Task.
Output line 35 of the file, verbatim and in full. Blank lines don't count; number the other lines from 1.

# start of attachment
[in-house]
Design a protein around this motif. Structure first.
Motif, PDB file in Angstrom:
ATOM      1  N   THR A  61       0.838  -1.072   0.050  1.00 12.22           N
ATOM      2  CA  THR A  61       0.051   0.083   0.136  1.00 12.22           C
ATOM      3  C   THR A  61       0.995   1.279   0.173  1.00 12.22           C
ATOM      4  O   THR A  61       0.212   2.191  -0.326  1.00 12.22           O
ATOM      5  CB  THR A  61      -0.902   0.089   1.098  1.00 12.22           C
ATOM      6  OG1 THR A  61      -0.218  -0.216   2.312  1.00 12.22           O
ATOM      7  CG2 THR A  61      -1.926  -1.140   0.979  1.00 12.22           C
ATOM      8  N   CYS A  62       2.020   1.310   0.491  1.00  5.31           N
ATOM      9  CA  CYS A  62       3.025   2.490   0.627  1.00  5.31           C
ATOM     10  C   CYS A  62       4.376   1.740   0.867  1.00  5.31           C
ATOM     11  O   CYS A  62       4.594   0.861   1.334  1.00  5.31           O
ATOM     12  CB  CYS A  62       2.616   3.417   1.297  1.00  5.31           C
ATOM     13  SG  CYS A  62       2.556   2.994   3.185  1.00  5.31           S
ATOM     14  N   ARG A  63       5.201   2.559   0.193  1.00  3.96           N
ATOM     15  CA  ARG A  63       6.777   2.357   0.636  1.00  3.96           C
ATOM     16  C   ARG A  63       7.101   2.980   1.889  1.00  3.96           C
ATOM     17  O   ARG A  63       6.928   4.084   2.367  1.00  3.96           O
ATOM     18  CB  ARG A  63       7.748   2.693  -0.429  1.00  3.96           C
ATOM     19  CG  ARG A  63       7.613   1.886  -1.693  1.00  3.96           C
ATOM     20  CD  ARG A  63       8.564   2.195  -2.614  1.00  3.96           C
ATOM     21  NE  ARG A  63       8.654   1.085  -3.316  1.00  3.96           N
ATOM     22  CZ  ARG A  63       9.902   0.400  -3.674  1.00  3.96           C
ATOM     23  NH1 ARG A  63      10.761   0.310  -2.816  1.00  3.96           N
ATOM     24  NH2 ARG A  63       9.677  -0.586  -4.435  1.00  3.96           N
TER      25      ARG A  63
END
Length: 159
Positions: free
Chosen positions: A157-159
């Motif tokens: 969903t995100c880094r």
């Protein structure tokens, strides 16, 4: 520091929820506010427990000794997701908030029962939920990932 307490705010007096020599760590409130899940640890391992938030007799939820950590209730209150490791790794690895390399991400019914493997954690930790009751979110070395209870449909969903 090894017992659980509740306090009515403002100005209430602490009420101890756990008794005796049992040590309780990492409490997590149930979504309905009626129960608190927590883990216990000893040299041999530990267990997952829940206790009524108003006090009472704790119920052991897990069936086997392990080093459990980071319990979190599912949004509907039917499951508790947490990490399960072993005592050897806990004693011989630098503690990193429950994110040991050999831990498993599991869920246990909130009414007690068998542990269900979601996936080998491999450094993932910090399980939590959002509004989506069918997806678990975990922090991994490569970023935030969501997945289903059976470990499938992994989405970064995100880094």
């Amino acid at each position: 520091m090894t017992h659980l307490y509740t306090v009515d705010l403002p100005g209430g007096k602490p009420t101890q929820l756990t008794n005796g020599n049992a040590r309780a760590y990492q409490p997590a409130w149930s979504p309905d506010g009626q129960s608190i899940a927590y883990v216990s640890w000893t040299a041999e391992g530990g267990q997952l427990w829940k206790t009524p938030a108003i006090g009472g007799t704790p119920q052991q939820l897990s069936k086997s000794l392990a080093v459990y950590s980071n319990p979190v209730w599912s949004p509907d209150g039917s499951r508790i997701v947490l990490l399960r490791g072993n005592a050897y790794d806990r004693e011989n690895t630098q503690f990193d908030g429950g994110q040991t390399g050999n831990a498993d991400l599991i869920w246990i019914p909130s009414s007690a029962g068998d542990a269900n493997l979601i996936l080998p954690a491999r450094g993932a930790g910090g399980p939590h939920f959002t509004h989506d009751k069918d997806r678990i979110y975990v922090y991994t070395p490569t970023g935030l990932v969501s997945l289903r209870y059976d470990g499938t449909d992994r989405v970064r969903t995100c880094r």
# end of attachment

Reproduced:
């Amino acid at each position: 520091m090894t017992h659980l307490y509740t306090v009515d705010l403002p100005g209430g007096k602490p009420t101890q929820l756990t008794n005796g020599n049992a040590r309780a760590y990492q409490p997590a409130w149930s979504p309905d506010g009626q129960s608190i899940a927590y883990v216990s640890w000893t040299a041999e391992g530990g267990q997952l427990w829940k206790t009524p938030a108003i006090g009472g007799t704790p119920q052991q939820l897990s069936k086997s000794l392990a080093v459990y950590s980071n319990p979190v209730w599912s949004p509907d209150g039917s499951r508790i997701v947490l990490l399960r490791g072993n005592a050897y790794d806990r004693e011989n690895t630098q503690f990193d908030g429950g994110q040991t390399g050999n831990a498993d991400l599991i869920w246990i019914p909130s009414s007690a029962g068998d542990a269900n493997l979601i996936l080998p954690a491999r450094g993932a930790g910090g399980p939590h939920f959002t509004h989506d009751k069918d997806r678990i979110y975990v922090y991994t070395p490569t970023g935030l990932v969501s997945l289903r209870y059976d470990g499938t449909d992994r989405v970064r969903t995100c880094r």